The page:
Roe vs Wade: Phoebe Bridgers speaks truth to power. Why can’t politicians?
With the US Supreme Court voting to overturn abortion rights, Hanna Flint says it’s time to end the blame game
Friday 6 May 2022 By Hanna Flint
I can’t help but wince at the harrowing news that abortion rights are exponentially under threat in the US. The UK might be a sh*t show under the insidious rule of Boris Johnson and his Tory government, but at least my rights to terminate a pregnancy, should I require it, are still intact. At the moment, at least. Yet in the United States of America, a country that has positioned itself as a city upon a hill, a superpower at the forefront of innovation and progress, this regressive, right-wing attack on women’s bodies and the constitutional right to privacy when it comes to their personal medical health, is revolting.
The female population has rightly been shaken to its core over the attempt of Republican-appointed Supreme Court justices to reverse the landmark 1973 ruling of Roe vs Wade that, while not absolute and balanced with government health and prenatal guidelines, secured women’s liberty to abort a pregnancy. If that legal judgement is overturned, 22 states could instantly make abortion a criminal offence. It’s never been a more important time for American men and women to speak up and protest against this potential outcome, because the poorest, marginalised women in the country are going to be adversely affected the most.
It’s why it was so heartening to see Phoebe Bridgers share her own personal experience with terminating a pregnancy on social media. ‘I had an abortion in October of last year while I was on tour,’ Bridgers said on Instagram and Twitter. ‘I went to Planned Parenthood, where they gave me the abortion pill. It was easy. Everyone deserves that kind of access.’
The posts went viral and by linking to a site detailing Planned Parenthood facilities, she signal-boosted abortion awareness while normalising the so-called taboo subject and hopefully inspired people to donate to the non-profit organisation dedicated to reproductive care. Of course, there are far more people who have been doing the groundwork for years, decades even, tirelessly fighting for women to have greater autonomy over their bodies, but famous artists have bigger platforms to influence positive, progressive thinking and activism than at any point in human history.
By joining the chorus of people talking candidly about their abortion experiences, Bridgers helps to shift the perception of it being a harrowing ordeal for every person who chooses to get one – although harrowing conceptions through rape and threats to women’s health are two major factors as to why Roe vs Wade needs to be enshrined in legislation as protection. But you have to question why, after 50 years, it hasn’t been done already.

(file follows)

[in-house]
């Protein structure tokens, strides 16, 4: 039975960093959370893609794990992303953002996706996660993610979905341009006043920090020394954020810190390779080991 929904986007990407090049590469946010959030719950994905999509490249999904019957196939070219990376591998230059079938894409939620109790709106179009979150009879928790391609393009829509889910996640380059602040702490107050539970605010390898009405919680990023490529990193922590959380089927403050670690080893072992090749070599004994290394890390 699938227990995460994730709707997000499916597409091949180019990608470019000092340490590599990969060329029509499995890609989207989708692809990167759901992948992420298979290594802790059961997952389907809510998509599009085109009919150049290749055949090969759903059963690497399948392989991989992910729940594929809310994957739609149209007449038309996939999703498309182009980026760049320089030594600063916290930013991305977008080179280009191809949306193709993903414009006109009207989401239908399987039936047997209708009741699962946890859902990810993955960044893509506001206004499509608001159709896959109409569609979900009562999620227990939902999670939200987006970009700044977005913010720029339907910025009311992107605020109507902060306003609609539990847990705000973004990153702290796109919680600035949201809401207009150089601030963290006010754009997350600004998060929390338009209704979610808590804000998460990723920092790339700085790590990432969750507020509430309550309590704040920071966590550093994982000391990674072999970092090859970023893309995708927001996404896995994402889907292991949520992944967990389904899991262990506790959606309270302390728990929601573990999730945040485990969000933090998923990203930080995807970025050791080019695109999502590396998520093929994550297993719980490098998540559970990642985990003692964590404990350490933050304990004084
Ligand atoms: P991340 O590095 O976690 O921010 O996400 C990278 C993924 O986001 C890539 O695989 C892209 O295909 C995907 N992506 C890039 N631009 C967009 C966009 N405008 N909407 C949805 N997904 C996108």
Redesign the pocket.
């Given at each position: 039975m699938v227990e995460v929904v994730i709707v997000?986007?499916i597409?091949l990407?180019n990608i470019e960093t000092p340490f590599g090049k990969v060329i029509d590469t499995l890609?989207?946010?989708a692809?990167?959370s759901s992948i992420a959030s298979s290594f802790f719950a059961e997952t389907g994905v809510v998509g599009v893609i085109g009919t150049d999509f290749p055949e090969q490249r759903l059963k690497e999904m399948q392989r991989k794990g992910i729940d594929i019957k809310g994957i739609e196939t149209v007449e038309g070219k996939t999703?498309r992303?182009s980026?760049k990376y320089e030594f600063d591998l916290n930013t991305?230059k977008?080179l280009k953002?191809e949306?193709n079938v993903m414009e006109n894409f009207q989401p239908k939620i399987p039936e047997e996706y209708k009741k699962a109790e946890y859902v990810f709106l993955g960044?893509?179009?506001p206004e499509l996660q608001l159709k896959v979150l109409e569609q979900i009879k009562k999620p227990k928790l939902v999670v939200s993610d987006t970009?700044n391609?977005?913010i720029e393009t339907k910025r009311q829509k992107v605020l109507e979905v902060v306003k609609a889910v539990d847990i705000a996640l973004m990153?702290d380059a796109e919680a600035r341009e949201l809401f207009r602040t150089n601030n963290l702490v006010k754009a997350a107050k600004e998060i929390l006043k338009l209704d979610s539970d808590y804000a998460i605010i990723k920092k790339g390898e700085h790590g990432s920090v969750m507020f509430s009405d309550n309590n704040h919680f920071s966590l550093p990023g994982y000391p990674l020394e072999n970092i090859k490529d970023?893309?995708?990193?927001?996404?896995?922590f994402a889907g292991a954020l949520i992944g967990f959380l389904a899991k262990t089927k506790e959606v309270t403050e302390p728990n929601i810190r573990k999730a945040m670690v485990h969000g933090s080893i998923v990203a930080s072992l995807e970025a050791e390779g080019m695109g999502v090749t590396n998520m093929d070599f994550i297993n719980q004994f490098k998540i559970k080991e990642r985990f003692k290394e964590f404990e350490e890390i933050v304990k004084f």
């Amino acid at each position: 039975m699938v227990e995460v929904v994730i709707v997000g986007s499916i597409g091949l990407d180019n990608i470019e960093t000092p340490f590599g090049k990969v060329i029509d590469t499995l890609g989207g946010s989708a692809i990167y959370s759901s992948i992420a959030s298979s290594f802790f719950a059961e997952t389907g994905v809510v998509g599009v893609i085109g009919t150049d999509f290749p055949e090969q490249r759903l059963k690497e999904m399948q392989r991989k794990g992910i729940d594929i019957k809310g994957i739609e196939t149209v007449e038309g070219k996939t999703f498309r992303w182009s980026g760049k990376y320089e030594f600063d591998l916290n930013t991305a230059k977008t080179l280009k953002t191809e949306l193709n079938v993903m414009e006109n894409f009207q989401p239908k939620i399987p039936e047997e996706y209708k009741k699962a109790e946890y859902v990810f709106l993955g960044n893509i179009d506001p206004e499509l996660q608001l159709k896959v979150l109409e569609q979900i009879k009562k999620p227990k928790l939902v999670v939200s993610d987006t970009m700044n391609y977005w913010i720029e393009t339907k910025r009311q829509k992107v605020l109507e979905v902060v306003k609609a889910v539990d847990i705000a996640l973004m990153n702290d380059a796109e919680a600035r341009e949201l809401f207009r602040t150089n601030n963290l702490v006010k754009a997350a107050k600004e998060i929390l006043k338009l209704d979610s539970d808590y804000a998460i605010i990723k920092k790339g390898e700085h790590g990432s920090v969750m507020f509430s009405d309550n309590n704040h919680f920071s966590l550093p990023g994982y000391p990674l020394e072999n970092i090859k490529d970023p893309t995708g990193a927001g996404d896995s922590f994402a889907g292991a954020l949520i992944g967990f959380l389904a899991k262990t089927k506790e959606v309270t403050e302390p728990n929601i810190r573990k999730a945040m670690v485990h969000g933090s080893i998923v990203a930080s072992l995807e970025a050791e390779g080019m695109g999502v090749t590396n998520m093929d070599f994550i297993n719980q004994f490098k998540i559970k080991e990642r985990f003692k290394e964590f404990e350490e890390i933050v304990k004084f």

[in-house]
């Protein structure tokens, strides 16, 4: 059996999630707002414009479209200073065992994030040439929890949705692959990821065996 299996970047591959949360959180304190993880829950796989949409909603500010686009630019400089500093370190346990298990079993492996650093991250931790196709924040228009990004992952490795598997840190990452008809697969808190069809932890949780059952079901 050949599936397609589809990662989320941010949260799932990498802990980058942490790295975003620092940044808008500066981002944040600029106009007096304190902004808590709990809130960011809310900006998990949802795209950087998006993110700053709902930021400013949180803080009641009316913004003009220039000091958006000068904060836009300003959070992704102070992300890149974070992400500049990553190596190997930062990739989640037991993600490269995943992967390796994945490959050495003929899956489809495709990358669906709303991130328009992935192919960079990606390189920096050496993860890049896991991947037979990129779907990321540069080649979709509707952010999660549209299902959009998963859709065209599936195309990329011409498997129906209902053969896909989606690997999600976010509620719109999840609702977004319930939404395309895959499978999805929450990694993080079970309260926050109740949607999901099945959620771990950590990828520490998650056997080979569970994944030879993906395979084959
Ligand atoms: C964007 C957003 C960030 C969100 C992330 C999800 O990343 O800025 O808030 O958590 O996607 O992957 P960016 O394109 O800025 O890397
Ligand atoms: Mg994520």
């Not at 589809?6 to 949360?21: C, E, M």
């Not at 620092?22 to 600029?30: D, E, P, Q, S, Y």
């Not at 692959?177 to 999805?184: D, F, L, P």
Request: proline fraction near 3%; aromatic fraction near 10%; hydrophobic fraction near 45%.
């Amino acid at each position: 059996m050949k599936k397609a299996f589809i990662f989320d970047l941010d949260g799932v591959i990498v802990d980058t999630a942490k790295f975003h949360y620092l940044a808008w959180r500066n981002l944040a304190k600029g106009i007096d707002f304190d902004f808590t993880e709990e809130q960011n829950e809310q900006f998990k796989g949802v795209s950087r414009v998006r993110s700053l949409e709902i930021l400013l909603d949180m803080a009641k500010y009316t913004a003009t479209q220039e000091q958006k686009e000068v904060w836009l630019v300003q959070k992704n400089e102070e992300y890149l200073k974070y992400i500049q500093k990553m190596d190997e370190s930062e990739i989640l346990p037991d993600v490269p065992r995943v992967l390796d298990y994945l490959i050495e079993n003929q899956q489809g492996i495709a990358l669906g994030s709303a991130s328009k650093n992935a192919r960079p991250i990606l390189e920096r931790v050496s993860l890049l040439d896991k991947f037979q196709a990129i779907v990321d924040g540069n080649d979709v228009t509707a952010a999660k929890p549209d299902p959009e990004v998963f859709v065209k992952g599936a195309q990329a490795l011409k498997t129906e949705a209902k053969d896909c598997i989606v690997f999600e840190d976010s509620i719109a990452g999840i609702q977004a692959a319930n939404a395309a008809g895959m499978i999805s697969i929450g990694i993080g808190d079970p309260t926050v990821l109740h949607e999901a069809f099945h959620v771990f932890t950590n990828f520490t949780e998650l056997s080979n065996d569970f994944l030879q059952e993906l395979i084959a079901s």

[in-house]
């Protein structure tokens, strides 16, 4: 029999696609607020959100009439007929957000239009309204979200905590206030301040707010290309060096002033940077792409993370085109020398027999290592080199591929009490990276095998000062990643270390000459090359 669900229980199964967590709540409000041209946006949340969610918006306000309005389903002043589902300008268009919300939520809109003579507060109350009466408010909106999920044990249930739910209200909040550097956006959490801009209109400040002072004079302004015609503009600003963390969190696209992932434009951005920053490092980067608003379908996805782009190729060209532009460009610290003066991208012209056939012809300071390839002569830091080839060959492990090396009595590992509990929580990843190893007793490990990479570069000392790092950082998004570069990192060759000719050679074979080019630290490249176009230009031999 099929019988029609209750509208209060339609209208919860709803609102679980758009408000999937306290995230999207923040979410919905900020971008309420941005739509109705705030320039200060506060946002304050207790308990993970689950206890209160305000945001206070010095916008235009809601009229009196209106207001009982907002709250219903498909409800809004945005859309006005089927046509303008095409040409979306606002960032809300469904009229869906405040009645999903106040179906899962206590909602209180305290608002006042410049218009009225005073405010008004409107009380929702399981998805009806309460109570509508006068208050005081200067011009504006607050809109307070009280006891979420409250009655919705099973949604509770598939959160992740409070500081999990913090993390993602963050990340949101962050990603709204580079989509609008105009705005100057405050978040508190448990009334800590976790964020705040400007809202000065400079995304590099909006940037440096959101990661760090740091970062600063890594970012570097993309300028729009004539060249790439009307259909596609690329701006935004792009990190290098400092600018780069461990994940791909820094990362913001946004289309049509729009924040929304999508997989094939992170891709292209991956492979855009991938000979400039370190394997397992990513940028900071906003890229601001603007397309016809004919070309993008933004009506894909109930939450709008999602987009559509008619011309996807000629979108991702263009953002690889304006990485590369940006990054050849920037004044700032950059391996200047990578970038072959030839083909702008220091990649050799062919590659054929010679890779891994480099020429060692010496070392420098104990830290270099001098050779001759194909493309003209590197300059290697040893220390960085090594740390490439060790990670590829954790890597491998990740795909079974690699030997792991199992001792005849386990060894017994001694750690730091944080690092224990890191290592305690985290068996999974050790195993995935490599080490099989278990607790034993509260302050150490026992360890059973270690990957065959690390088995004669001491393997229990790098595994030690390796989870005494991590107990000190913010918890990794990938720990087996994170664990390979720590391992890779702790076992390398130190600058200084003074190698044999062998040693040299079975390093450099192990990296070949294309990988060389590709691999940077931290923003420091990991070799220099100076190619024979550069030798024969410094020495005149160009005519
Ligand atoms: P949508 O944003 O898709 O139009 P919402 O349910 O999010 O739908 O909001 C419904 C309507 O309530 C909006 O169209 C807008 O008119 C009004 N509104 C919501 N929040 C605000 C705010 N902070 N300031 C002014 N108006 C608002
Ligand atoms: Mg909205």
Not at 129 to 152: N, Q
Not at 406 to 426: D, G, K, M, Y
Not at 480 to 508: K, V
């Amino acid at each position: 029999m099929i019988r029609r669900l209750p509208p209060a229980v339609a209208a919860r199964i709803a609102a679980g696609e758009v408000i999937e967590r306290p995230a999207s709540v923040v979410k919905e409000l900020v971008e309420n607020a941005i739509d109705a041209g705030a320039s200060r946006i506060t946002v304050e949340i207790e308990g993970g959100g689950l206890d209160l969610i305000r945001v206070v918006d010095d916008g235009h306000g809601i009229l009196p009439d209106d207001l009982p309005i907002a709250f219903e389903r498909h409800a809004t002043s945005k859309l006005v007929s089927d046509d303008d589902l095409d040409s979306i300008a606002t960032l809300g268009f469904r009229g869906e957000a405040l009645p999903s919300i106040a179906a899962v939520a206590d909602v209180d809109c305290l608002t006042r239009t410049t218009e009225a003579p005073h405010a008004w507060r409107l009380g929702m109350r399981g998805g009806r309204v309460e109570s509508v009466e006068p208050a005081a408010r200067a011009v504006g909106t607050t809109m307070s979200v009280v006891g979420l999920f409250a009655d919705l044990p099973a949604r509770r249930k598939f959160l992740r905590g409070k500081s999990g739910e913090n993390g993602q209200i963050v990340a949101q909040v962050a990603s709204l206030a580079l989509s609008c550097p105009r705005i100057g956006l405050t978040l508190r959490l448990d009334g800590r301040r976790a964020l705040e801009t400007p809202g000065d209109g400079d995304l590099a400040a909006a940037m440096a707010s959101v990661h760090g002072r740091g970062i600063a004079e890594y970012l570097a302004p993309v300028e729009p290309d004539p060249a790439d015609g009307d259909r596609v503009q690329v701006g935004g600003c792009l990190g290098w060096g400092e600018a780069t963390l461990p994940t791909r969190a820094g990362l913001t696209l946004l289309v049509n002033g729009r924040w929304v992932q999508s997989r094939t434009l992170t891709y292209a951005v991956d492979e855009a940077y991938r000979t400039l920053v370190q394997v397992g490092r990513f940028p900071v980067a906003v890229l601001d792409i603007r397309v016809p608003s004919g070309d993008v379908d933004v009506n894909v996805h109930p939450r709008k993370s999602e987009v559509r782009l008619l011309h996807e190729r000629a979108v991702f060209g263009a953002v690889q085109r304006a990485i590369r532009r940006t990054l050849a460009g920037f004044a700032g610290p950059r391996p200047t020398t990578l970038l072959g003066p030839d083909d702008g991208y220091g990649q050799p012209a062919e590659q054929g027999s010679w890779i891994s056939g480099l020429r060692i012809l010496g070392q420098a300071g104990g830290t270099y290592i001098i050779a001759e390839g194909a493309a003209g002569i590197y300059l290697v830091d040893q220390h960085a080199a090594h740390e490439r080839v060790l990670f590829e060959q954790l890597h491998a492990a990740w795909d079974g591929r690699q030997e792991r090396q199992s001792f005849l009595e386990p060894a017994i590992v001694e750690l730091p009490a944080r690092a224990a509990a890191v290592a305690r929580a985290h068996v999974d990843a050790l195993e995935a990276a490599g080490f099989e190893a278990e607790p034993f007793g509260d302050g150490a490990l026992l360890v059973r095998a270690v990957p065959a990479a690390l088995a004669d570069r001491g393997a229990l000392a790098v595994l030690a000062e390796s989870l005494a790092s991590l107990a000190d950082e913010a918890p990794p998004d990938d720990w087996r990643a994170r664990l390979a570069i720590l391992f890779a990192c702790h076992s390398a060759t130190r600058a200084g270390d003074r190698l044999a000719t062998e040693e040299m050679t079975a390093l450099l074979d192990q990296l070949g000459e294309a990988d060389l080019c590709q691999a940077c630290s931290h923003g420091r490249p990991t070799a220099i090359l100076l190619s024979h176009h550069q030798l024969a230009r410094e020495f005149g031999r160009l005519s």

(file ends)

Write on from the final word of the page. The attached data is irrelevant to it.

I’ve seen just as many people attacking Susan Sarandon on social media as they have been praising Bridgers this week, and it’s rather galling to see the veteran actress being blamed for the current situation. Sarandon’s liberal critics are suggesting that because she didn’t vote for Hillary Clinton in 2016, and spoke harshly and publicly against her as the Democratic candidate, she is partly to blame for Donald Trump getting elected and causing the public shift further right that has paved the way for abortion rights to be terminated. Yet, Barack Obama had eight years to codify and protect the Roe vs Wade decision through the Freedom of Choice Act, a campaign promise, and didn’t.
So maybe Democrats should look within their own political ranks and at their leaders who didn’t force Obama to make it a priority, instead of blaming Sarandon for voting for Jill Stein in a state that Clinton easily won. Or, simply focus on the current administration that has Democratic control over Congress, the Senate and the White House. If the Left really cares about women’s rights and the mantra of ‘my body, my choice’ then they will be doing everything in their power to push Joe Biden, senators and congressional members into codifying Roe vs Wade before it’s too late. Enough of the blame game. Speak truth to power for the sake of the women of your nation.
All back to The Met
The first Monday in May has been and gone with a host of new Met Gala outfits to delight in. Although delight might be too strong a word considering the ensembles put together for this year’s theme of Gilded Glamour. Every year, I look at the red-carpet snaps and feel frustration bubbling – like I’m Alan Partridge having to listen to people reference Bond incorrectly. STOP GETTING THE THEME WRONG. Shout out to Billie Eilish for actually nailing it in Gucci with upcycled material, but the fashion house’s former creative director Tom Ford recently said the event had turned into ‘a costume party’.
‘[It] used to just be very chic people wearing very beautiful clothes going to an exhibition about the 18th century,’ he told former New York magazine editor Amy Odell in an excerpt of her forthcoming Anna Wintour biography. ‘You didn’t have to look like the 18th century, you didn’t have to dress like a hamburger, you didn’t have to arrive in a van where you were standing up because you couldn’t sit down because you wore a chandelier.’
He’s got a point. Maybe this is one regressive view we should all get behind for the sake of my sartorial expectations, at least, not being annually, well, met.